[This is a guest blog by John Evans. John is an Exercise Science student at Slippery Rock University and participated in the summer internship program at Athletic Lab]
Any athlete knows how amazing it feels to achieve a new personal record. In high school, that was all I ever cared about. I wasn’t too concerned about my team’s performances or winning meets. I wanted to push myself to perform extremely well every meet.
The truth is that most athletes do not have record-breaking performances every time they step on the track. This is especially true in high school track and field, where athletes may compete as many as 2-3 times a week.
When athletes train hard early in the season, they expect to perform better. However, when they don’t perform up to expectations, likely due to increased fatigue, they begin to question your training methods.
This sort of mindset is poisonous to any team, and can diminish or destroy trust between athlete and coach. I’ve had several conversations with Eric Broadbent about how poor training programs can still manage to produce amazing athletes. What we’ve concluded is that many of these athletes are the result of the mindset that “your perception is your reality.” In other words, athletes have tremendous buy-in to what the coach is ‘selling’ and as a result the program produces incredible athletes.
As advised by other coaches who post on ELITETRACK (like Vern and Mike), lectures should be avoided. Most athletes lose focus, and tend not to care about the training process as much as they care about the results of the training process. Although coaches should avoid lengthy speeches, I do believe there is a time and place for everything. I have found it extremely valuable to explain the big picture behind the season after poor performances or meets. This may include explaining why they performed the way they did. Ideally, this should take no longer than 10 minutes.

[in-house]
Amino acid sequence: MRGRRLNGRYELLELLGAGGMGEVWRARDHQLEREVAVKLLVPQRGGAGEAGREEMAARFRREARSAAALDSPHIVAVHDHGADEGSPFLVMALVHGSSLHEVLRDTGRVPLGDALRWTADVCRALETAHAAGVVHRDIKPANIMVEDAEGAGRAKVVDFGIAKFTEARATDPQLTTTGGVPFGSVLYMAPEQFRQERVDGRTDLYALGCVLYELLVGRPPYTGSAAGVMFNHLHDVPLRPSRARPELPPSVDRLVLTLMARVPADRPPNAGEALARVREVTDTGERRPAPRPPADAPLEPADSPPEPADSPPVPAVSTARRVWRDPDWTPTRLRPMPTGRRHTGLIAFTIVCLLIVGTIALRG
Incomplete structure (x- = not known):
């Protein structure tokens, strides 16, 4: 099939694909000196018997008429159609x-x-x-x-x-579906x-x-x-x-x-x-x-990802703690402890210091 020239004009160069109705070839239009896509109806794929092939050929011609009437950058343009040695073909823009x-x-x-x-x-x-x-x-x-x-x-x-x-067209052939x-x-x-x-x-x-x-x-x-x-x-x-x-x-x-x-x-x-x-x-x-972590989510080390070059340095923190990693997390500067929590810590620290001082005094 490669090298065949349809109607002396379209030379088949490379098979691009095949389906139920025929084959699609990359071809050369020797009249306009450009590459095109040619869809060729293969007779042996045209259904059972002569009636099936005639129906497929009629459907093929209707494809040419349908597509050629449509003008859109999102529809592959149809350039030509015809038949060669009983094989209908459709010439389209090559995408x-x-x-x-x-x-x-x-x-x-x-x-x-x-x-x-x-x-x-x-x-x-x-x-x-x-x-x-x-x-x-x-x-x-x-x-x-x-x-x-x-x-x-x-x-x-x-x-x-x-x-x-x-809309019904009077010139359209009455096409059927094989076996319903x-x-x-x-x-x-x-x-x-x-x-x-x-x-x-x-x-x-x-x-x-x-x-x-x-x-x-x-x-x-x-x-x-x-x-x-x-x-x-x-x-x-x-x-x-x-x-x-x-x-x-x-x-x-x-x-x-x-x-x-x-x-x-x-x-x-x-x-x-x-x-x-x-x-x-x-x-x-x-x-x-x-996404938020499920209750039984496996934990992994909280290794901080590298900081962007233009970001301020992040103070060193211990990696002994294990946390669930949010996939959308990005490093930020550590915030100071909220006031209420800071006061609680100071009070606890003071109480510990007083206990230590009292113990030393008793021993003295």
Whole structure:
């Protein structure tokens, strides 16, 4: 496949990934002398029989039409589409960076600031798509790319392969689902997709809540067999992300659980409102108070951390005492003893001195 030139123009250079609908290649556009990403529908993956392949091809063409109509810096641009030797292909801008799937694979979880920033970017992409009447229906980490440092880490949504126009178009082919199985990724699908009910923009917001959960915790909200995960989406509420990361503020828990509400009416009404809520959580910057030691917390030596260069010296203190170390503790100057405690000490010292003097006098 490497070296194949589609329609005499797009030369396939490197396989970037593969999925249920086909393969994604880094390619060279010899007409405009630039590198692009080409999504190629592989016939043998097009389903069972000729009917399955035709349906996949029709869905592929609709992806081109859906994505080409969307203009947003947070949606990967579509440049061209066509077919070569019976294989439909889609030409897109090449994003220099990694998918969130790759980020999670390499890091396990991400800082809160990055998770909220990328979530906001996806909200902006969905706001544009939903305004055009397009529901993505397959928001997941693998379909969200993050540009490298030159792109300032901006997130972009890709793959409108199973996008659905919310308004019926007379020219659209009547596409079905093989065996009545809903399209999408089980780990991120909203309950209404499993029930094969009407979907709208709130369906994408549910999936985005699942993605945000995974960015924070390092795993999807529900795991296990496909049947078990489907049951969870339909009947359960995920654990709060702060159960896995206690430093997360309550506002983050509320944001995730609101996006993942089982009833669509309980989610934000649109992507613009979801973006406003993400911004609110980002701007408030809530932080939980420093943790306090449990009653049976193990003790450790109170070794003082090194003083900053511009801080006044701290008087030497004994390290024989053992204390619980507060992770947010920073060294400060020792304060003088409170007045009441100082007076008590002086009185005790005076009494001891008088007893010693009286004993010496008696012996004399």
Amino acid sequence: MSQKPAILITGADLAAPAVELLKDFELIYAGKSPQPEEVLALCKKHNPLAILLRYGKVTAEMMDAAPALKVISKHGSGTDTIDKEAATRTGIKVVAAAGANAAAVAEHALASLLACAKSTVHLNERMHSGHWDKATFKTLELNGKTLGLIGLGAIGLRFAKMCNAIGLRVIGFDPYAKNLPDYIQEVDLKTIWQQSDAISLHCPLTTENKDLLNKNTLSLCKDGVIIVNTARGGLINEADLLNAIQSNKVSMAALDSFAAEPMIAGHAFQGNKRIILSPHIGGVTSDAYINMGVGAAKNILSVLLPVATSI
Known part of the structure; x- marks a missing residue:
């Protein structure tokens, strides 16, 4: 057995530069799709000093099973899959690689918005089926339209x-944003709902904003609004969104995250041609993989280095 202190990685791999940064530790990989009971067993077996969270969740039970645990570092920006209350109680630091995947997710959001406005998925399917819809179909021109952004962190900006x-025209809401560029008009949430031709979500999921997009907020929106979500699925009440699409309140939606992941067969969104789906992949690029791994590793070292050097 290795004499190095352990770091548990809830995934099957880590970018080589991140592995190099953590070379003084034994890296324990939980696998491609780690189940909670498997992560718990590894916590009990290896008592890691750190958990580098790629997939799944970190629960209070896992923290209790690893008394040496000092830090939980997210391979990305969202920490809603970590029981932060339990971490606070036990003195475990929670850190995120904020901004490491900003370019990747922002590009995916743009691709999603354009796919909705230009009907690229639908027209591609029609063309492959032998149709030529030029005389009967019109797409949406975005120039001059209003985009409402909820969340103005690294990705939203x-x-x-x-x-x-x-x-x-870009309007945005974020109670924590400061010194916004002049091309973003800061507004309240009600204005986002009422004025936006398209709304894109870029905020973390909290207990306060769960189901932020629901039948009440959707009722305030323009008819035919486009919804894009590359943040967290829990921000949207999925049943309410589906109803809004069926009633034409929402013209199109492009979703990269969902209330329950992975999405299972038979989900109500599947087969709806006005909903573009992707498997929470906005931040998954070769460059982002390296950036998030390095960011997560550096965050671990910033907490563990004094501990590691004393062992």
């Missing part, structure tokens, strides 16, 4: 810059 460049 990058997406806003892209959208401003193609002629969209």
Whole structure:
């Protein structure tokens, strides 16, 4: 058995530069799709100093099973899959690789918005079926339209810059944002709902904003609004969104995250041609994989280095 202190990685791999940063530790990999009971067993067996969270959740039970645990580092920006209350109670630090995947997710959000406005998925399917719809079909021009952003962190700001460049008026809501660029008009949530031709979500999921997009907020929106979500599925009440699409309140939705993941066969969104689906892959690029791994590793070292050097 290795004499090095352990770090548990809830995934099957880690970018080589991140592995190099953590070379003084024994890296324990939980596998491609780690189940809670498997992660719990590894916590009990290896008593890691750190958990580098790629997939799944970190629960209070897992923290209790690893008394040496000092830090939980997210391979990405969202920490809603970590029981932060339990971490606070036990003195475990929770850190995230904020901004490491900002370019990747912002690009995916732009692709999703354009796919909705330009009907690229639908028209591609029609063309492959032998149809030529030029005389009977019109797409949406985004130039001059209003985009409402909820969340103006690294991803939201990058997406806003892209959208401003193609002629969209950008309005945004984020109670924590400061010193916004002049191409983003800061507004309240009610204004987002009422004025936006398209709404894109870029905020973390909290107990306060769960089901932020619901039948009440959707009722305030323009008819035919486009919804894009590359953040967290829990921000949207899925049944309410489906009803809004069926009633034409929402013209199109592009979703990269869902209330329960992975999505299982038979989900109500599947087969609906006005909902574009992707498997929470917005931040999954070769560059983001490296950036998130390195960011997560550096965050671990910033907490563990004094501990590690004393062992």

Preparedness is a mixture of fitness and fatigue. In most cases, athletes will not be performing phenomenally when the training load is high. If athletes understand that performing well when it counts is much more valuable then chasing PRs every meet, they will train harder and stop hanging their heads after a poor performances.
This culture is extremely important in producing successful athletes when it counts, but may decrease your chances of winning section meets. As a coach, you need to weigh risk. Can athletes still perform well enough to win an event under high training loads?